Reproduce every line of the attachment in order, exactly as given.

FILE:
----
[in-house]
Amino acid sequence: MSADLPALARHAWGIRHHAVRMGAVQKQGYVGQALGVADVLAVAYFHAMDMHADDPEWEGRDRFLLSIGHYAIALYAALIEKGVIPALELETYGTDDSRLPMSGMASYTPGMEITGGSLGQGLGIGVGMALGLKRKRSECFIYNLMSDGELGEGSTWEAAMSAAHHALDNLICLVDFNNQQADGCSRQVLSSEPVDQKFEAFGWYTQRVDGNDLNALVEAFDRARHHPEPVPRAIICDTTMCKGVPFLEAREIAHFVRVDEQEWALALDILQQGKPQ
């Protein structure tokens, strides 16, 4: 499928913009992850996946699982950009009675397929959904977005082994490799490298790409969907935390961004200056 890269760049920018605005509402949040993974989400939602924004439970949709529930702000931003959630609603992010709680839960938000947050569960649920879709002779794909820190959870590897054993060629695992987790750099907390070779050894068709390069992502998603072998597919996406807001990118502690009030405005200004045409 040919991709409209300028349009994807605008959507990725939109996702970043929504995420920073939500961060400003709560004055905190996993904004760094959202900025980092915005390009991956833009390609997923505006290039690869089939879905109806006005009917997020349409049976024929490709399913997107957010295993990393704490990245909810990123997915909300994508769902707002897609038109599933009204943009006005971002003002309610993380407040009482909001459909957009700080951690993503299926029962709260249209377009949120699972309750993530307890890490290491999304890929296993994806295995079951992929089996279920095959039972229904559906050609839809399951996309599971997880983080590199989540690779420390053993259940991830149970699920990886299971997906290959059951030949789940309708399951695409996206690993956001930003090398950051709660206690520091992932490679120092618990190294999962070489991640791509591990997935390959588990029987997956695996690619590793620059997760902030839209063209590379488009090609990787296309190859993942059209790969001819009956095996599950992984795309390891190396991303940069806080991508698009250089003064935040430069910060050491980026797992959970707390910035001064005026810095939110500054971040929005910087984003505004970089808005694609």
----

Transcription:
[in-house]
Amino acid sequence: MSADLPALARHAWGIRHHAVRMGAVQKQGYVGQALGVADVLAVAYFHAMDMHADDPEWEGRDRFLLSIGHYAIALYAALIEKGVIPALELETYGTDDSRLPMSGMASYTPGMEITGGSLGQGLGIGVGMALGLKRKRSECFIYNLMSDGELGEGSTWEAAMSAAHHALDNLICLVDFNNQQADGCSRQVLSSEPVDQKFEAFGWYTQRVDGNDLNALVEAFDRARHHPEPVPRAIICDTTMCKGVPFLEAREIAHFVRVDEQEWALALDILQQGKPQ
């Protein structure tokens, strides 16, 4: 499928913009992850996946699982950009009675397929959904977005082994490799490298790409969907935390961004200056 890269760049920018605005509402949040993974989400939602924004439970949709529930702000931003959630609603992010709680839960938000947050569960649920879709002779794909820190959870590897054993060629695992987790750099907390070779050894068709390069992502998603072998597919996406807001990118502690009030405005200004045409 040919991709409209300028349009994807605008959507990725939109996702970043929504995420920073939500961060400003709560004055905190996993904004760094959202900025980092915005390009991956833009390609997923505006290039690869089939879905109806006005009917997020349409049976024929490709399913997107957010295993990393704490990245909810990123997915909300994508769902707002897609038109599933009204943009006005971002003002309610993380407040009482909001459909957009700080951690993503299926029962709260249209377009949120699972309750993530307890890490290491999304890929296993994806295995079951992929089996279920095959039972229904559906050609839809399951996309599971997880983080590199989540690779420390053993259940991830149970699920990886299971997906290959059951030949789940309708399951695409996206690993956001930003090398950051709660206690520091992932490679120092618990190294999962070489991640791509591990997935390959588990029987997956695996690619590793620059997760902030839209063209590379488009090609990787296309190859993942059209790969001819009956095996599950992984795309390891190396991303940069806080991508698009250089003064935040430069910060050491980026797992959970707390910035001064005026810095939110500054971040929005910087984003505004970089808005694609």